This is an opinion piece by David Waugh, a business development and communications specialist at the Bitcoin investment platform Coinbits.
A few weeks ago, BlackRock and other major financial companies submitted an application for authorization to offer spot Bitcoin exchange-traded funds (ETFs).
Although the United States Securities and Exchange Commission (SEC) declared that these initial deposits were insufficient, forcing firms to file again, many investors believe that they will finally be approved, creating the first products of this type on the market. These new financial instruments would allow institutional and retail investors to gain exposure to the price of bitcoin without having to purchase actual bitcoin.
On the surface, this would be a major win for bitcoin adoption as it will become easier for financial advisors, previously hesitant or unable to enter this market, to help clients with some form of bitcoin allocation.
Banks and other traditional financial players will also use the spot ETF to increase their exposures, which could increase the exchange rate of bitcoin with the dollar. For families and individuals, however, shares of a bitcoin product through spot ETFs are no substitute for owning bitcoin in self-custody.
Ultimately, Bitcoin ETF products still exist in the traditional financial system and do not offer complete protection against market, government, or compliance risk. Thus, market forces can affect ETF issuers, and governments can enact and enforce regulations by decree that devalue or devalue the consumer’s assets.
In contrast, holding real bitcoins allows individuals to access a digital bearer asset beyond the control of governments and traditional financial institutions. While introducing new risks associated with private key management, every diversified portfolio should have a true bitcoin allocation, independent of any additional allocation to a bitcoin ETF.
As investors seek to diversify to spread risk and protect themselves from geopolitical and market shocks, there is no substitute for bitcoin in self-custody.
Advice outside the financial system
For years, financial advisors have dutifully allocated clients’ wealth among a variety of traditional financial assets (stocks, bonds, real estate, insurance). Overall, they got pretty good results. Cutting-edge analysts having calculated that advisors can increase the value of client portfolios by up to 3% simply by ensuring they follow best practices, rather than chasing returns. Advisors benefit from a typical annual fee of 1% on assets under management (AUM).
Yet good financial advisors are more than outsourced portfolio matchers who recommend the right “mix” of assets to match a client’s goals and risk profile. They work with clients to provide protection against a wide range of outcomes and ensure wealth preservation through retirement and for future generations.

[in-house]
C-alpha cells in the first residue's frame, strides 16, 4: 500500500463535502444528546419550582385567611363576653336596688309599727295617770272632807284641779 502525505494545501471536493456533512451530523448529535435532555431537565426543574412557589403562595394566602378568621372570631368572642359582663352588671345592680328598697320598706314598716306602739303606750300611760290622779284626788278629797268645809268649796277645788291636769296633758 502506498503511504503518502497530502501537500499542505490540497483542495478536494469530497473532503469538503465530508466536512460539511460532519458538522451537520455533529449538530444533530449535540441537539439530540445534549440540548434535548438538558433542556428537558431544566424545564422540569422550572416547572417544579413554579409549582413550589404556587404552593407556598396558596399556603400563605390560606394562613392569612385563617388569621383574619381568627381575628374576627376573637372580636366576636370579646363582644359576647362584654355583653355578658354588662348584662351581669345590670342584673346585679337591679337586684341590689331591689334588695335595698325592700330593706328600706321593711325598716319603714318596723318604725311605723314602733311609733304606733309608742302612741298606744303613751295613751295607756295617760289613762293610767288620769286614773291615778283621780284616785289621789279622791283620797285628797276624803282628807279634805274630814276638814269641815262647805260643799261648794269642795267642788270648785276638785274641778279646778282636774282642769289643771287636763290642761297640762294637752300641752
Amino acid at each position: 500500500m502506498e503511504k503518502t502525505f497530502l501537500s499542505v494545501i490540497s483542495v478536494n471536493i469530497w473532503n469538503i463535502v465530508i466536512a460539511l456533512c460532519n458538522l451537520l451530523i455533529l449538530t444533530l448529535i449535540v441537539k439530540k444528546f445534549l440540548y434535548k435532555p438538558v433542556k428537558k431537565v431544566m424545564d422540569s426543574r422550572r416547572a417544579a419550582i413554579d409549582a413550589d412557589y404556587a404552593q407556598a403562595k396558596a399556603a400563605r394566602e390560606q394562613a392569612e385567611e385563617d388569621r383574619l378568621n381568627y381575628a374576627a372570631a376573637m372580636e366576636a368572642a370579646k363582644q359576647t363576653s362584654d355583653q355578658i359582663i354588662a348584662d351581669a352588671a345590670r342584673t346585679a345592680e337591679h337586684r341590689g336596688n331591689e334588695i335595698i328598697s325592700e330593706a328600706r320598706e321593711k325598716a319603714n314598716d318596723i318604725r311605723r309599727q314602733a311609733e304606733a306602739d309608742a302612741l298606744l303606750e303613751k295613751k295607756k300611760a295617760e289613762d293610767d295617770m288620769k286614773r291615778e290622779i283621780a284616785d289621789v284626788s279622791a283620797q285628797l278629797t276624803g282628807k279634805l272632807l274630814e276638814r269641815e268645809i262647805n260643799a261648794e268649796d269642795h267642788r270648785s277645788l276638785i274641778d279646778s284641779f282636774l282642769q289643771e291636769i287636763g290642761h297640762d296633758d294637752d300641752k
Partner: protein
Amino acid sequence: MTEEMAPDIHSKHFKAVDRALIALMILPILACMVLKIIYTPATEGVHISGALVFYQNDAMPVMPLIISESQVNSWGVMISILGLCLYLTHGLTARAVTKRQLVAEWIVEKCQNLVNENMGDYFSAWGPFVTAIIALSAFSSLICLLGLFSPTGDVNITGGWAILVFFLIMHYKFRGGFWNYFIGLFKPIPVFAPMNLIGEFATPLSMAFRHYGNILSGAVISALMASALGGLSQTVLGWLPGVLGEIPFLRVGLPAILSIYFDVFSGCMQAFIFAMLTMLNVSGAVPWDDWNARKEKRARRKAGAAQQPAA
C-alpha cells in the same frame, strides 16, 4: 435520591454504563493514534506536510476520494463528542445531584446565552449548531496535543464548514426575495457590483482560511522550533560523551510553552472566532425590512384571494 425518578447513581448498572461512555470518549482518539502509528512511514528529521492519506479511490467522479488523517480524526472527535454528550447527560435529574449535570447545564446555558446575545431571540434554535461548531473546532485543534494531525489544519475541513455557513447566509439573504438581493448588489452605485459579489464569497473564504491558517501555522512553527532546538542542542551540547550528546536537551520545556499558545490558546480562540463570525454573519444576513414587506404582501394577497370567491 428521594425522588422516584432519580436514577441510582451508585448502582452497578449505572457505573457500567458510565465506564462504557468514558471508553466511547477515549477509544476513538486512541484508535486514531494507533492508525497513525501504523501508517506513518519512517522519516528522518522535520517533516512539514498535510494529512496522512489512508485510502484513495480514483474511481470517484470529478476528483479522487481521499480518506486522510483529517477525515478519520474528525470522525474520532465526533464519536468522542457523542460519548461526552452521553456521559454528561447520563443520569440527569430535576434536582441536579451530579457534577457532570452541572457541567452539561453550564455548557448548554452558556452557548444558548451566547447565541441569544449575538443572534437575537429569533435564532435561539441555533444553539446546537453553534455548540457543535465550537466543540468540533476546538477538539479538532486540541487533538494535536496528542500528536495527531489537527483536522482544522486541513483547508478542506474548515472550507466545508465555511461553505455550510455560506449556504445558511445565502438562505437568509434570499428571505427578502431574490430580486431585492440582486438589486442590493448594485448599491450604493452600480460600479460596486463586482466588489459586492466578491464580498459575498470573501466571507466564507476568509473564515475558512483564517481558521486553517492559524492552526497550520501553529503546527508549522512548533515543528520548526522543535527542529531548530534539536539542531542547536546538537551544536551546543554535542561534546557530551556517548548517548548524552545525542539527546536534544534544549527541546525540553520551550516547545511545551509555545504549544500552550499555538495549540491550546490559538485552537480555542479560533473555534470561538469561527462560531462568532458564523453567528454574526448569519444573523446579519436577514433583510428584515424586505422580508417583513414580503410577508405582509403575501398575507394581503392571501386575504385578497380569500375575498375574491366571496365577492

Some advisors ignore the reality that allocations entirely within the traditional financial system are exposed to risk arising from the “boom and crash” financial market cycle. As a result, clients sometimes have to risk not being able to retire or change jobs until the market recovers, putting them in a lifestyle setback situation.
Good diversification requires liquid assets outside the traditional financial system. For generations, the best asset to do so was physical gold. In 2009, however, Satoshi Nakamoto released the next best bearer asset, bitcoin, and with it a new system with a monetary policy set in a credible manner. Now anyone can use bitcoin to free up cash during a crisis.
A spot ETF against. real bitcoin
The potential spot Bitcoin ETF would provide benefits, such as exposure to bitcoin price movements, some diversification from traditional financial markets, and ease of purchase. Despite these advantages, he hesitates to marketabilitykey component of a diversified portfolio.
Bitcoin operates on a monetary network that operates 24 hours a day, 365 days a year. Individuals and institutions can use it to instantly transfer value without third-party approval. They can also sell bitcoins for fiat currencies at any time through centralized exchanges or peer to peer.
In contrast, individuals and institutions can only exchange shares of a bitcoin ETF for cash for fiat cash only when financial markets are open, which for retail investors is 9:30 a.m. to 4:00 p.m. Eastern Standard Time, weekdays, excluding holidays. Exchanges can also interrupt exchanges at will or because they receive a regulatory orderfurther limiting the ability to sell ETF shares.
In another scenario, if a government tries to restrict the acquisition of bitcoin, it might be able to seize the asset manager’s bitcoin or order it to liquidate the ETF. Holding real bitcoin yourself by managing your own private keys offers the opportunity to exit a system with strong capital controls, rather than suffer the consequences of an unpredictable future.
Essential protection, significant diversification
Owning shares of a bitcoin product is not the same as owning bitcoin directly. Cash Bitcoin ETFs would remain tied to the conventional financial system. This has slight advantages, but it ultimately limits bitcoin’s ability to be used as a shield against the risk inherent in the traditional financial system.
Including real bitcoin is essential for a diversified portfolio, even if that portfolio already has a spot bitcoin ETF position.
This is a guest post by David Waugh. The opinions expressed are entirely their own and do not necessarily reflect those of BTC Inc or Bitcoin Magazine.